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How to cure Windows 10's worst headaches

Ian Paul | Aug. 27, 2015
These tips and tricks can help you overcome Windows 10's niggling hassles.

Exert control over forced restarts

The anxiety over forced restarts is somewhat overstated, because Windows has for years routinely picked the optimal time to reboot after downloading updates. The issue's more pressing now if you used to download your updates manually, however—which, as we covered, you can’t do in Windows 10.

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You can schedule reboots to occur at the time of your choosing by heading to Settings > Update & Security > Windows Update > Advanced Options > Choose how updates are installed, and then choosing Notify to schedule restart in the drop-down menu at the top of the page.

Once that’s activated, you’ll be prompted via a system notification to select a specific restart time every time an update has been downloaded and your PC needs a reboot. Our tutorial on how to schedule Windows 10 update restarts has more detailed information.

Windows P2P

Microsoft came up with a great idea for delivering updates in Windows 10: peer-to-peer networking. By default your Windows 10 PC shares system files with other PCs on your home network and across the big, wide Internet, downloading and distributing updates without relying on Microsoft’s servers alone.

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If you don’t like the idea of sharing your bandwidth to update strangers’ machine, turning off the P2P feature is easy. Go to Settings > Update & Security > Windows Update > Advanced Options > Choose how updates are delivered. There, turn the slider you see to Off to stop the feature entirely, or leave it on and select the PCs on my local network radio button to share updates only with other Windows 10 PCs in your home. (Personally, I like to keep the local network setting active.)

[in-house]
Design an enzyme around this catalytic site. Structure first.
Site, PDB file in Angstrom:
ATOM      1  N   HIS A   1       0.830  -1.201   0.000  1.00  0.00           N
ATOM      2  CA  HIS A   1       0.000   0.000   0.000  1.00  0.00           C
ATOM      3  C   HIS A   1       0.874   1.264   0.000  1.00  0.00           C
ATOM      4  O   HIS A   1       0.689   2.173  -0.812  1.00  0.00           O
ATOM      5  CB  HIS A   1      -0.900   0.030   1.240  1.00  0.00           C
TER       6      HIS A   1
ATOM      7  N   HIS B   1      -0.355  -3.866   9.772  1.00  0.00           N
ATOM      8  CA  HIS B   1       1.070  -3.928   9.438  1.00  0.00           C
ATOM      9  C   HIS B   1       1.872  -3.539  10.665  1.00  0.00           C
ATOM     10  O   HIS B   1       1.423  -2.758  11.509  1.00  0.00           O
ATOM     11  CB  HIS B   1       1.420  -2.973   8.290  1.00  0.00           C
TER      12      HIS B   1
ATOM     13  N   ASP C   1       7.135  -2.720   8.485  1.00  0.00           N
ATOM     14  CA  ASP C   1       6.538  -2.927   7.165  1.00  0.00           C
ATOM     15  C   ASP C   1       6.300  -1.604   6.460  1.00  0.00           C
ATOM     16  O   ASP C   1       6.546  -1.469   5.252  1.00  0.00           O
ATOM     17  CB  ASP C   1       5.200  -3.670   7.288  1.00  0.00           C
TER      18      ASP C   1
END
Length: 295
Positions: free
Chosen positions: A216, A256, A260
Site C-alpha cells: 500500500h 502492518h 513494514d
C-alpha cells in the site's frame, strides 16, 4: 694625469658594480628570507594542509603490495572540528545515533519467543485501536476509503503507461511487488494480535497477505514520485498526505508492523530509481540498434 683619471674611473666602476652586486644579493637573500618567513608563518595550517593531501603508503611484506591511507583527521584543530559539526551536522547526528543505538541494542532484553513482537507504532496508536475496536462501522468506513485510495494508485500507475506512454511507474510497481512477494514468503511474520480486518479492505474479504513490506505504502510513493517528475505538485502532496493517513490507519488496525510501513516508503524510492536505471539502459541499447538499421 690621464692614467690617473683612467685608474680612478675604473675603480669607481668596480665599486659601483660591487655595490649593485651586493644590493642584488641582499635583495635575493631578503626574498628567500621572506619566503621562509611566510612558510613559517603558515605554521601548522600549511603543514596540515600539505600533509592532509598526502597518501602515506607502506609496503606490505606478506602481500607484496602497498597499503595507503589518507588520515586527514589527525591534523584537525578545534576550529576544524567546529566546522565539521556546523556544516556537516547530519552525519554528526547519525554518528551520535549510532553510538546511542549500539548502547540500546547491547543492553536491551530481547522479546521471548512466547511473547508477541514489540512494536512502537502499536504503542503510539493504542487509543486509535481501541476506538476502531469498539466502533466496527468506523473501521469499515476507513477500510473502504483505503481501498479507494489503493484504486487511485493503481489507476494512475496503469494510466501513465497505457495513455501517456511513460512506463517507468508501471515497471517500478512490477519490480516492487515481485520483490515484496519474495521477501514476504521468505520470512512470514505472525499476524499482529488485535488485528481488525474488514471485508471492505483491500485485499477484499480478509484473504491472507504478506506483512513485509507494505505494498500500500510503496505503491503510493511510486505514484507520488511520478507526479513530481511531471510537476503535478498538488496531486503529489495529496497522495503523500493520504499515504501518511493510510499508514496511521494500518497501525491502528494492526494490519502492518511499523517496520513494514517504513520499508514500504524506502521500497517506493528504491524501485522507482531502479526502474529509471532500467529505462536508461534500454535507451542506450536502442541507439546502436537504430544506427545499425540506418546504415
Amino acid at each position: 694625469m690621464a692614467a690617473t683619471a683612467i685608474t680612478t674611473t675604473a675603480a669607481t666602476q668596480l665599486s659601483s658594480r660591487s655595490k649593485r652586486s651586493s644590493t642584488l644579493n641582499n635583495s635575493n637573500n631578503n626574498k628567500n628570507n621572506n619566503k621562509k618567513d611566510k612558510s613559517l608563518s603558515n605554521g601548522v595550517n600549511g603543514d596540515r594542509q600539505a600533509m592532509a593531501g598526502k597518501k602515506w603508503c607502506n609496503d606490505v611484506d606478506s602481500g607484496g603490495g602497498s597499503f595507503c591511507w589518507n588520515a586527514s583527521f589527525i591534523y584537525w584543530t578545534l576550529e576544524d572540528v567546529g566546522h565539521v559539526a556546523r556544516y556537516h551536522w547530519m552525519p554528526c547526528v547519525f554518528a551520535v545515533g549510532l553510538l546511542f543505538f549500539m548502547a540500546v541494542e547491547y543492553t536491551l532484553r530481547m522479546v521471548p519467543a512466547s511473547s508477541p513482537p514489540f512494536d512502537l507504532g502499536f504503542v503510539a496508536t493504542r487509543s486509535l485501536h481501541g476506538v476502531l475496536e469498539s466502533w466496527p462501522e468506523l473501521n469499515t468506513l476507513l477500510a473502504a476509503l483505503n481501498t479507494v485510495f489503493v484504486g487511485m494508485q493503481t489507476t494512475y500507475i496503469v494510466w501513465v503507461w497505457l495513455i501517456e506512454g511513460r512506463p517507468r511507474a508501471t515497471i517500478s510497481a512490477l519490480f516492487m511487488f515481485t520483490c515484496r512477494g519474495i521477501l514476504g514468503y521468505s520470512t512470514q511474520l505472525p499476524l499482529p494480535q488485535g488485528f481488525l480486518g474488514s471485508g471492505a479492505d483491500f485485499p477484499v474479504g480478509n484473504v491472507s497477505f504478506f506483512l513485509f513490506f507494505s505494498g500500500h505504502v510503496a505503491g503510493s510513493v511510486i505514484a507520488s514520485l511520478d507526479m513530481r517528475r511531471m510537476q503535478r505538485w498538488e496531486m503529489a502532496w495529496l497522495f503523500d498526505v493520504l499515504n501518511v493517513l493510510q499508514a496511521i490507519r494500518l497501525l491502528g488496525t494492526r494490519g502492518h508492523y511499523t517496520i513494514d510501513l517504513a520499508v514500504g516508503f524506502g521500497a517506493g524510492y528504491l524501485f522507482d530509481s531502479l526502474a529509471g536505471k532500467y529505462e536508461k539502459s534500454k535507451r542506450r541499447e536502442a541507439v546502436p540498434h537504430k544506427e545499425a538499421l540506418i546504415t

Scrolling the Apps List in the Start Menu

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It’s great that the Start menu is back in Windows 10, but that “All apps” list organized alphabetically can be a pain to get through if you have tons of programs installed. For those times when you have to scroll down to the “W” section, click on any of the single-letter headings in the All Apps list. The alphabet will appear in the Start menu; simply select the letter section your chosen program resides in to zip there. Word, for example, would be found under W.

Very, very handy.

Where’s my default browser?

Did you just choose the Express Settings during installation during your Windows 10 upgrade? If so, then when you logged in the first time you may have discovered your browser was reset to Microsoft Edge. Here’s how to reset your default browser if that happened to you.

 

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